A Space of their Own: Increasing Access to Education for Minorities

The move to double SPACES funding has drawn praise from students who say the University of California seriously underrepresents minority students. According to Noel Magtoto, the SPACES Director of Internal Affairs, the majority of the Center’s funding goes to five large groups, which have over 2,000 student members between them.

“The core organizations are Student Affirmative Action Committee, Black Student Union, Mecha [Movimiento Estudiantil Chicano de Aztlán], Asian Pacific-Islander Student Alliance and LGBTQIA,” Magtoto said. “We’re willing to fund all students who fit our requirements, but these five organizations are the most active.”

Any organization that wants to use SPACES funding has to apply for it, and the five core organizations are not exempt from the rule. It provides generous funding. In addition to the programs it funds externally, SPACES runs a set of endogenous programs using the funding it receives from the state. It runs a book lending program for underprivileged UCSD students. It provides planners and school supplies for undergraduates who come from from underperforming school districts — many of whom are unprepared for the academic pressure of a UC, and who suffer from a high dropout rate. It runs a series of well-attended mentorship programs with Mecha and BSU.

“Our focus, especially with the high school students, is the fourth and fifth quintiles,” Magtoto said. “We work with the students who don’t have access to resources and try to get them applying — and ideally, being admitted to — college. We also have various programs that cater to the lower-performing students at UCSD.”

Other programs at SPACES cater to students from ethnic minorities, like the SPACES-run newspaper, The Collective Voice. According to co-editor in chief Jennifer Valez, the paper was founded as a response to mainstream media outlets’ failure to cover topics that are relative to students who come from a marginalized background.

“It’s often unintentional, but even in your paper, the Guardian, you find that there are specific voices that aren’t heard,” she said. “The mainstream media isn’t critical; it doesn’t hold the university accountable for what it does. The Collective Voice is different. Our writers cover issues relevant to all sorts of students. For instance, our next issue is about languages — in particular, which ones are validated and which ones are not.”

Because of the increased funding allocated to SPACES by the University of California, The Collective Voice is now able to publish twice a quarter instead of once a quarter. The change was criticized as wasteful spending in the Nov. 23 issue of the California Review, which is the conservative quarterly at UCSD.

“We get so many students who have so much to say, and before this we were turning them away,” Valez said.

As an editor-in-chief, Valez is paid on an hourly basis for her work, an administrative decision that was criticized in the Cal Review article.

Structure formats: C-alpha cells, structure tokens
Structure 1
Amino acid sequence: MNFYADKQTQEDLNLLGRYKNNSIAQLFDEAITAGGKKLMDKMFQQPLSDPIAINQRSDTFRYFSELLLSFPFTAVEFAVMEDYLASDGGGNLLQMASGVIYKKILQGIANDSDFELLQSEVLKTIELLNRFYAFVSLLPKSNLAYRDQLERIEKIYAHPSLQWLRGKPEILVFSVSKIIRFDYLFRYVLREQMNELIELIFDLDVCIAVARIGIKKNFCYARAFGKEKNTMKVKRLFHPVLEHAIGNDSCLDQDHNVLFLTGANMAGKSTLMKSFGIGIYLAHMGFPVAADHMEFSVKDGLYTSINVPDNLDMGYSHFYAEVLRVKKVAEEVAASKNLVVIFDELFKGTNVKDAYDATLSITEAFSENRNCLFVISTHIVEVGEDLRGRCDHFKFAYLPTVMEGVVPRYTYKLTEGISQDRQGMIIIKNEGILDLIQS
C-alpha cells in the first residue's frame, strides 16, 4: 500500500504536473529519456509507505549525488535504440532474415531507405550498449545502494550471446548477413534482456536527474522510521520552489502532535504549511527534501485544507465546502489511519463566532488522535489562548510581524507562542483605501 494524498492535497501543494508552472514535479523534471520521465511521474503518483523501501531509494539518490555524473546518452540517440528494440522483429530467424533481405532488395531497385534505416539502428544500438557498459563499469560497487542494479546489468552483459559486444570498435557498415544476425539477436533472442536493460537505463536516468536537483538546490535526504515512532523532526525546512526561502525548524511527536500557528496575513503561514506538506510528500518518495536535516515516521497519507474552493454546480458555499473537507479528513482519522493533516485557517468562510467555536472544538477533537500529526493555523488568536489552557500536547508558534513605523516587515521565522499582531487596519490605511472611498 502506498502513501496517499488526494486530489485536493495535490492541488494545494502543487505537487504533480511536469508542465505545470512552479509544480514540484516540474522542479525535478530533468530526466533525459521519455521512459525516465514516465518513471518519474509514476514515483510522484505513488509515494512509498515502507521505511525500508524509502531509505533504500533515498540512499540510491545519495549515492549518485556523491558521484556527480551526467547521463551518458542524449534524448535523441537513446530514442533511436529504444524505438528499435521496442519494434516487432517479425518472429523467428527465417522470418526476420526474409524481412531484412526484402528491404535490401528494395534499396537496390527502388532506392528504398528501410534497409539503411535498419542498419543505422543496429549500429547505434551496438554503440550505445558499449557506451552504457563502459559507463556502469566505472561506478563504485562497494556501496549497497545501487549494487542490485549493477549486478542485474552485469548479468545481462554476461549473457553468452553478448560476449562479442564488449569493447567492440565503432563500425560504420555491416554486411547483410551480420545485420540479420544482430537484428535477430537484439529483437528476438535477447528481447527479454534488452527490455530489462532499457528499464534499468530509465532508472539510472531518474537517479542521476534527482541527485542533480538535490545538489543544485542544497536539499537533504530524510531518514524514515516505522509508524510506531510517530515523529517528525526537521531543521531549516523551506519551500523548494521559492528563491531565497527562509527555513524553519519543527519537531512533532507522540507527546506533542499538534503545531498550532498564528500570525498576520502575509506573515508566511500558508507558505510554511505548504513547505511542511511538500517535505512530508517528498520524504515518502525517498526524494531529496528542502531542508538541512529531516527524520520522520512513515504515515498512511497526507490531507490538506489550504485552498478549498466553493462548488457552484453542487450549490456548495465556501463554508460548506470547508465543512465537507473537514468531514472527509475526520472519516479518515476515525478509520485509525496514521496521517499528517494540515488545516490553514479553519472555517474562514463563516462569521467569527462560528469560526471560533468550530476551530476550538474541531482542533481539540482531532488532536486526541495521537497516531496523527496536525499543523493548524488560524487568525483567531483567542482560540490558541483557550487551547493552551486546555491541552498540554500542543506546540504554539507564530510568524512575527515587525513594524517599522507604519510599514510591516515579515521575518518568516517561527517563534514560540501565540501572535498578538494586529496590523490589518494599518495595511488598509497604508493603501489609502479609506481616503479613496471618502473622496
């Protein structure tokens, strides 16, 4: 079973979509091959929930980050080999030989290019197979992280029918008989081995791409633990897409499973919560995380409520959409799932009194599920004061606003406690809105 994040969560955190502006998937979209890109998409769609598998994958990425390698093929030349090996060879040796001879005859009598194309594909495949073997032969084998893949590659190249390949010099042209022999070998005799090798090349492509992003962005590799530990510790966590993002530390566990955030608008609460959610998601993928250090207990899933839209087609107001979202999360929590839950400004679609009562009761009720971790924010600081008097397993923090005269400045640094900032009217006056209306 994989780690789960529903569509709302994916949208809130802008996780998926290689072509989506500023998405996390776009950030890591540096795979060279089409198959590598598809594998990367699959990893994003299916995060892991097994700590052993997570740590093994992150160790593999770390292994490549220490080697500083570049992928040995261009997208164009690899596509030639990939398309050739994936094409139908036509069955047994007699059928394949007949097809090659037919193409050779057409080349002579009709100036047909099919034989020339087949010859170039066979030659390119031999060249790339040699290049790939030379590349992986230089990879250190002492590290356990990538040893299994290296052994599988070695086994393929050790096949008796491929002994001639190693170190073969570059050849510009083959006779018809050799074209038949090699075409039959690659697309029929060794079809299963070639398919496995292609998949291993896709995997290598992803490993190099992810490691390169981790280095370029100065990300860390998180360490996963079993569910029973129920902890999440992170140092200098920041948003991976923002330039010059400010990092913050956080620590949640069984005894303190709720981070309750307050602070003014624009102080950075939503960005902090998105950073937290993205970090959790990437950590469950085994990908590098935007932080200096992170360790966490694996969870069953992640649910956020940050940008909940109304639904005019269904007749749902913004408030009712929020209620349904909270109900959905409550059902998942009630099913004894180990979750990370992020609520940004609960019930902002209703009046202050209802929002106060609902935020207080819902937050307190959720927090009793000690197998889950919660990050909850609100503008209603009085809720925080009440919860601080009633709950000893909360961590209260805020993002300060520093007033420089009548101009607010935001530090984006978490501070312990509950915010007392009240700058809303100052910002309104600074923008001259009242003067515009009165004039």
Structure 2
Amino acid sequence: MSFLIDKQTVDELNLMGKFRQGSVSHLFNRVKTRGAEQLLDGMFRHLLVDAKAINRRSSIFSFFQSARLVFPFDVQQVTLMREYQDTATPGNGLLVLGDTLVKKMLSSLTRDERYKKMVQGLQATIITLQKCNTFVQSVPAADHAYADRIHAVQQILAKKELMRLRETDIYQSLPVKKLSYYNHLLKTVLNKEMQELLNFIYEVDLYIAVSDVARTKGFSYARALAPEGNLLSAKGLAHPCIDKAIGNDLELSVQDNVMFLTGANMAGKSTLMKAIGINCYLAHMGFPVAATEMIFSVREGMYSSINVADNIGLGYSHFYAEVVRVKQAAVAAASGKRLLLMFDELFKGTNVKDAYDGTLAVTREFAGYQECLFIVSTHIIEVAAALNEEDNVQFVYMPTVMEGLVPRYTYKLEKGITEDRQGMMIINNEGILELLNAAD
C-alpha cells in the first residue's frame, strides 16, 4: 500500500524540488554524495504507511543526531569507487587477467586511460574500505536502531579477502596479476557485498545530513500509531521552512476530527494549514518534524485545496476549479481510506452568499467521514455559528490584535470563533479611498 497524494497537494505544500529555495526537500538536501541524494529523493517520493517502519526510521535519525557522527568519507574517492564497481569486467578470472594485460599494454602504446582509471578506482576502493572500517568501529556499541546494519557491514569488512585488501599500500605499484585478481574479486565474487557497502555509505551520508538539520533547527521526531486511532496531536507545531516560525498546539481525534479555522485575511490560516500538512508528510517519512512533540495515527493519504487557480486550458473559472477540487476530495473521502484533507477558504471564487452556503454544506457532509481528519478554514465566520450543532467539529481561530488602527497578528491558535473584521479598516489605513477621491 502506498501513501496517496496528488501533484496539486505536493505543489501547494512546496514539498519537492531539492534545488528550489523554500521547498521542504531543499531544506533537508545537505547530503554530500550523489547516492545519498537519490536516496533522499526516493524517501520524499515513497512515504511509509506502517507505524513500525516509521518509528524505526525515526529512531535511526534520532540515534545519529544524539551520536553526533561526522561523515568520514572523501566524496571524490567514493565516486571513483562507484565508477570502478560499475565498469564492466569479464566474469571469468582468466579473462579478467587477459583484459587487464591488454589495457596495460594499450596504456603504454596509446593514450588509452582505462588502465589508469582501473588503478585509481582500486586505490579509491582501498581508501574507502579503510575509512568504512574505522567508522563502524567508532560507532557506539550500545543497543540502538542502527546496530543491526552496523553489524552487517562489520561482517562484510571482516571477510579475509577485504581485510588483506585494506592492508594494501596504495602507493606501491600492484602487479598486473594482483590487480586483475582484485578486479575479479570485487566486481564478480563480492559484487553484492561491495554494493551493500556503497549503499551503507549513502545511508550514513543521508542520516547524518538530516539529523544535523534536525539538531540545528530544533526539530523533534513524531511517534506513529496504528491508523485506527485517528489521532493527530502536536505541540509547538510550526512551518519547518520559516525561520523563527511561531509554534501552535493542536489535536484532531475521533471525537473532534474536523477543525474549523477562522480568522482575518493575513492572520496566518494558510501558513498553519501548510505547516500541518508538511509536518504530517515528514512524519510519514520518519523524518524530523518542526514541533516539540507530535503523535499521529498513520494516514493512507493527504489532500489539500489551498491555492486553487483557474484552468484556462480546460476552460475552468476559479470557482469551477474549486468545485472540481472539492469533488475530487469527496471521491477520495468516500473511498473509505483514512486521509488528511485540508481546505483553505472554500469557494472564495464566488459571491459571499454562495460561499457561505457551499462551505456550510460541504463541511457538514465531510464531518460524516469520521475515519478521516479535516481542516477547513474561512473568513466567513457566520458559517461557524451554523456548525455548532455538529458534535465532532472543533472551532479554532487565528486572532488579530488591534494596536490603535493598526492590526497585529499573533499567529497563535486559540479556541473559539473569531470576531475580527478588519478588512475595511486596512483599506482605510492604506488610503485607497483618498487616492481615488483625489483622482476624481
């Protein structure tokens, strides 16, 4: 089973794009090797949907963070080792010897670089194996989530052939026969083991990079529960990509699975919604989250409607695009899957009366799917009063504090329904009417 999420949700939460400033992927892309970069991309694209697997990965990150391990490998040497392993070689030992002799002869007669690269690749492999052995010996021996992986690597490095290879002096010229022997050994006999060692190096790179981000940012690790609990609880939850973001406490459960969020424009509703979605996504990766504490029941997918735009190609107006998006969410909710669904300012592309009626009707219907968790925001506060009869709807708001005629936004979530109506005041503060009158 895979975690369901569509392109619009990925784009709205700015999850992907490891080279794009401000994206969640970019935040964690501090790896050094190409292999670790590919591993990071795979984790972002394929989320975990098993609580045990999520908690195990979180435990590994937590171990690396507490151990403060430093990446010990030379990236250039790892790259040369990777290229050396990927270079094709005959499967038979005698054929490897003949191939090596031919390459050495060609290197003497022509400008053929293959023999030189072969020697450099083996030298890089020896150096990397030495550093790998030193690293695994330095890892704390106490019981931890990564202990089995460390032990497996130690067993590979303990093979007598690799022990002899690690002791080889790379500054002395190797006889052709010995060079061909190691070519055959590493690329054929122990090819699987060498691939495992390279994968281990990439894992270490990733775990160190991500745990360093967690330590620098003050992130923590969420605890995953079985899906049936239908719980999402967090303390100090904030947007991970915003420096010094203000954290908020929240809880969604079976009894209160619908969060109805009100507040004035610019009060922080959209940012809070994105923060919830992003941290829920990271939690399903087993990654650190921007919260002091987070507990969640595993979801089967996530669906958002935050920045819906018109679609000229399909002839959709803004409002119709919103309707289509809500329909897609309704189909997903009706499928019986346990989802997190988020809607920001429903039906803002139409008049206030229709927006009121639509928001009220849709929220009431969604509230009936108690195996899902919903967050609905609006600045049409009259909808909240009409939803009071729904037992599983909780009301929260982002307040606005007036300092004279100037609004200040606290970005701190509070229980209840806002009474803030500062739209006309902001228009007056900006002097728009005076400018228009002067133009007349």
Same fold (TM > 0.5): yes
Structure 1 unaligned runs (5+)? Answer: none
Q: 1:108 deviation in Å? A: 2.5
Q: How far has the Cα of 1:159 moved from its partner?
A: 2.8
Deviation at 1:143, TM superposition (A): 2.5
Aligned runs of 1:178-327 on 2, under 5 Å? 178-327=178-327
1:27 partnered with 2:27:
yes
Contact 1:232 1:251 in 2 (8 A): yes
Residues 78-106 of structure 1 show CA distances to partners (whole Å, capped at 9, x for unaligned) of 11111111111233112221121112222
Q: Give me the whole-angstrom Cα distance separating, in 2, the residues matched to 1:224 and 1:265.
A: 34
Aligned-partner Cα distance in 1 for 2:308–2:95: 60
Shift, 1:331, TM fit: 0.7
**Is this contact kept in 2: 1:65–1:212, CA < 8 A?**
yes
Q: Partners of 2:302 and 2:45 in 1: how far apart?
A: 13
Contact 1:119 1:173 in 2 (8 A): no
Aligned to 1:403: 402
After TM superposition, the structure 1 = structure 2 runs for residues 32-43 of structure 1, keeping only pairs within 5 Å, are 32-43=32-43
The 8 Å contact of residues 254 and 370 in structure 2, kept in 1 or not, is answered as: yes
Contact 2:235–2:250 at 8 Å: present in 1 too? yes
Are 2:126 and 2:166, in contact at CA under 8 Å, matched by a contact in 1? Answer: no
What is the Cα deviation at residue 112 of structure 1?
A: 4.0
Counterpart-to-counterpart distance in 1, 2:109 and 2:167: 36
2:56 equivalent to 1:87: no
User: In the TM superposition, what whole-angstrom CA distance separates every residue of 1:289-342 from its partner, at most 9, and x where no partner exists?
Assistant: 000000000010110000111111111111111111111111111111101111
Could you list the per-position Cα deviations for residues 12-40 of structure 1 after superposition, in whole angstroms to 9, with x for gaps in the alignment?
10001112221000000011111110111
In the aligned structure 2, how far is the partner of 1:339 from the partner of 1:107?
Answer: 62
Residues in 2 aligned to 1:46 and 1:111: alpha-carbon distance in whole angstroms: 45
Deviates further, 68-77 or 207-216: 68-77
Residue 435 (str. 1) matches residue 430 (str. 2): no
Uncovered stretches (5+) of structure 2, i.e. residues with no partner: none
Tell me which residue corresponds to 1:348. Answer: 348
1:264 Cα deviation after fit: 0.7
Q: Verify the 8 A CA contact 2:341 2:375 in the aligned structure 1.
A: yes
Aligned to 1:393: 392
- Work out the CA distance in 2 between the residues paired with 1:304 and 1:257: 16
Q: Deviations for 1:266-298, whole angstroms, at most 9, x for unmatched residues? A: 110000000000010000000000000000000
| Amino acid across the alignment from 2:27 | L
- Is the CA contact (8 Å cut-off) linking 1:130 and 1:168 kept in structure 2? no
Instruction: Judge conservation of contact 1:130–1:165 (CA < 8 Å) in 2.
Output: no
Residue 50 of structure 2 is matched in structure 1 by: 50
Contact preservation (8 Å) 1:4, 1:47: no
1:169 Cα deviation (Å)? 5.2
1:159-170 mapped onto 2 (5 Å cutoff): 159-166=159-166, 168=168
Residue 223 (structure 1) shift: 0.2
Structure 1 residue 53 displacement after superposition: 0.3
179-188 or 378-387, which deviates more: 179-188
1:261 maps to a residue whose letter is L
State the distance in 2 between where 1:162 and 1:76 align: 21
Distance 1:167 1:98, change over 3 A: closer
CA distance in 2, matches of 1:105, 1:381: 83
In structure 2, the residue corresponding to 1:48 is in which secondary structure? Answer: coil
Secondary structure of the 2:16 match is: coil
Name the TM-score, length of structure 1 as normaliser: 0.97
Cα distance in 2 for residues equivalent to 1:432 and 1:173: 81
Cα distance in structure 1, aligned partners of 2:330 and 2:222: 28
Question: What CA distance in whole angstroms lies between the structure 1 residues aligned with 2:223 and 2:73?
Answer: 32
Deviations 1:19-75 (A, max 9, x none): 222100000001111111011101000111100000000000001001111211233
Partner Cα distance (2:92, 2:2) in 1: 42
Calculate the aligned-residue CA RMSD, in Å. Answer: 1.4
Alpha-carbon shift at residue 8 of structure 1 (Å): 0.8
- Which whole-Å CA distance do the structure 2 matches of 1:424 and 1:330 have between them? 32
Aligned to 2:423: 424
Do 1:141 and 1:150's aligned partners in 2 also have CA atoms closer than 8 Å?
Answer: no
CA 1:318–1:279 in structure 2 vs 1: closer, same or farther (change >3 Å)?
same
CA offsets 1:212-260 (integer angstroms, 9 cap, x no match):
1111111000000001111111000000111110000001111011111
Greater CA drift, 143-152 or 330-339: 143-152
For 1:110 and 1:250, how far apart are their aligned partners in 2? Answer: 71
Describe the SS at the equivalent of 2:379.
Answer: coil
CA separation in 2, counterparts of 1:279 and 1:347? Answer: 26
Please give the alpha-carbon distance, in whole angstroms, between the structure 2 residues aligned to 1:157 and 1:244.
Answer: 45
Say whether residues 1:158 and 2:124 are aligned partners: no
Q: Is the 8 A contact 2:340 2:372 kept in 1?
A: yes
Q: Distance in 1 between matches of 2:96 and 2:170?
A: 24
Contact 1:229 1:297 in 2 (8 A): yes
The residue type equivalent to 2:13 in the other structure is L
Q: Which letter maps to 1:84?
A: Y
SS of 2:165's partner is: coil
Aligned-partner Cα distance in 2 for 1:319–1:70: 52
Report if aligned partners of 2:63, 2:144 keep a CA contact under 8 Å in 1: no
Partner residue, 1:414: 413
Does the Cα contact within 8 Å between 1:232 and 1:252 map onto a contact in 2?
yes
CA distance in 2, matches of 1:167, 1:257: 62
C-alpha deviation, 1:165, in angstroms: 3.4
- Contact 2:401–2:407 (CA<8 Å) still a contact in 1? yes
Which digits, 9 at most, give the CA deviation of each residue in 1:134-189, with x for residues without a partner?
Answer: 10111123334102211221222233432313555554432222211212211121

“While I’m paid on an hourly basis as an editor for the Collective Voice, that’s only 15 hours maximum per week,” Valez said. “I’m paid $11 an hour for those 15. But I don’t even know how many extra hours I put in — it takes up my weekends and my nights. Not everyone has the privilege to work for free — not when they have bills to pay.”

Valez said that, in addition, the increased funding was especially important in light of the presence of minority-hostile publications at UCSD.

“We don’t get private funding, like the Koala does,” she said. “We need to exist as a form of response — as a form of resistance.”

Another operation that operates entirely via state funds is the Xoxotlani Outreach Program, which is run jointly by SPACES and Mecha. Karla Diaz is the program coordinator for the 2012-13 year.

“Xoxotlani [pronounced “sho-sho-tlani”] means ‘to flourish’ in Nahuatl, and that’s something I always keep with me,” she said.

The program is an outreach initiative for high school students with weekly workshops and daily tutoring sessions after school. In previous years, before the funding increase, the program consisted of tutoring alone.

“This year, it’s going to be a lot more holistic,” Diaz said. “In addition to tutors in geometry and literature and college applications, we are going to have weekly sessions that are based on storytelling, creating an uplifting narrative for their lives.”

Diaz said the program’s coordinators have begun to realize that the problems of structural inequality, which SPACES is designed to combat, go deeper than not knowing basic math.

“We want them to understand the role of gender, the role of culture and ethnicity, the role of the media in their lives,” she said. “We need to make these kids believe in themselves — that’s what we’re trying to do.”

Magtoto said that a program similar to Xoxotlani helped him get to college in the first place, but that the struggle didn’t end there for him.

“As a transfer student who is also a minority, it’s very difficult to find community — a network of people to talk to. Transfers only have two years to finish their degrees. That’s why I became involved with the Transfer Retention Program at SPACES, and eventually became its coordinator.”

The program is designed to help community college students adjust to the shock of bell curve grading and the quarter system. As with the high school program run jointly with Xoxotlani, TRP includes both time management and personal empowerment components — a dual curriculum that has become a signature of the center’s many operations.

“It saved me,” Magtoto said of the SPACES-run program. “For the first time within it, I felt as though I had a home.”

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